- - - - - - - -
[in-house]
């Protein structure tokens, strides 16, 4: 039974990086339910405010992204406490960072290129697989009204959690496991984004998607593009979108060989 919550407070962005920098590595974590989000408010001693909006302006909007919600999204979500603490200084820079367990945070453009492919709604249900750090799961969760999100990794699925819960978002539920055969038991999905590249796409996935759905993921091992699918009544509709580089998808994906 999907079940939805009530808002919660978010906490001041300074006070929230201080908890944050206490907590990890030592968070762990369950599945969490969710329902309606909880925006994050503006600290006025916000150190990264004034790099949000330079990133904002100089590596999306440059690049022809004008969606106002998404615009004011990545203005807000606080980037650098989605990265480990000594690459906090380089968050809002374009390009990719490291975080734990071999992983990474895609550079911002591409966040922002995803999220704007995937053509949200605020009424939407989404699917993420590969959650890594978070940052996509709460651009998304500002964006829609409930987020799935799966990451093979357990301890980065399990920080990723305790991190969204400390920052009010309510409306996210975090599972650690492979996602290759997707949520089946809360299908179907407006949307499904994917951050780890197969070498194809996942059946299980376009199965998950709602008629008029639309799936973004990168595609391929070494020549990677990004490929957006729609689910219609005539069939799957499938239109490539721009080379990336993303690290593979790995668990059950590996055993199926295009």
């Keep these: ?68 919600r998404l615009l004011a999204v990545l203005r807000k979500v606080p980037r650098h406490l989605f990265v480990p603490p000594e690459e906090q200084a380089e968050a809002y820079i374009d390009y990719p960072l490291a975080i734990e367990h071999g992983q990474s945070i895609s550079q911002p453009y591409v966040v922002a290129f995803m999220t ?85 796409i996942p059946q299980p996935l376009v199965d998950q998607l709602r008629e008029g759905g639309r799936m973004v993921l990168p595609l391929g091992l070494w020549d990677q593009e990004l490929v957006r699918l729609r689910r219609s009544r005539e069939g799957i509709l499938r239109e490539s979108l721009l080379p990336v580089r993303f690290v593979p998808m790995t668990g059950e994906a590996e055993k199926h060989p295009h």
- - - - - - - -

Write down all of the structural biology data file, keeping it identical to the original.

[in-house]
């Protein structure tokens, strides 16, 4: 039974990086339910405010992204406490960072290129697989009204959690496991984004998607593009979108060989 919550407070962005920098590595974590989000408010001693909006302006909007919600999204979500603490200084820079367990945070453009492919709604249900750090799961969760999100990794699925819960978002539920055969038991999905590249796409996935759905993921091992699918009544509709580089998808994906 999907079940939805009530808002919660978010906490001041300074006070929230201080908890944050206490907590990890030592968070762990369950599945969490969710329902309606909880925006994050503006600290006025916000150190990264004034790099949000330079990133904002100089590596999306440059690049022809004008969606106002998404615009004011990545203005807000606080980037650098989605990265480990000594690459906090380089968050809002374009390009990719490291975080734990071999992983990474895609550079911002591409966040922002995803999220704007995937053509949200605020009424939407989404699917993420590969959650890594978070940052996509709460651009998304500002964006829609409930987020799935799966990451093979357990301890980065399990920080990723305790991190969204400390920052009010309510409306996210975090599972650690492979996602290759997707949520089946809360299908179907407006949307499904994917951050780890197969070498194809996942059946299980376009199965998950709602008629008029639309799936973004990168595609391929070494020549990677990004490929957006729609689910219609005539069939799957499938239109490539721009080379990336993303690290593979790995668990059950590996055993199926295009």
């Keep these: ?68 919600r998404l615009l004011a999204v990545l203005r807000k979500v606080p980037r650098h406490l989605f990265v480990p603490p000594e690459e906090q200084a380089e968050a809002y820079i374009d390009y990719p960072l490291a975080i734990e367990h071999g992983q990474s945070i895609s550079q911002p453009y591409v966040v922002a290129f995803m999220t ?85 796409i996942p059946q299980p996935l376009v199965d998950q998607l709602r008629e008029g759905g639309r799936m973004v993921l990168p595609l391929g091992l070494w020549d990677q593009e990004l490929v957006r699918l729609r689910r219609s009544r005539e069939g799957i509709l499938r239109e490539s979108l721009l080379p990336v580089r993303f690290v593979p998808m790995t668990g059950e994906a590996e055993k199926h060989p295009h």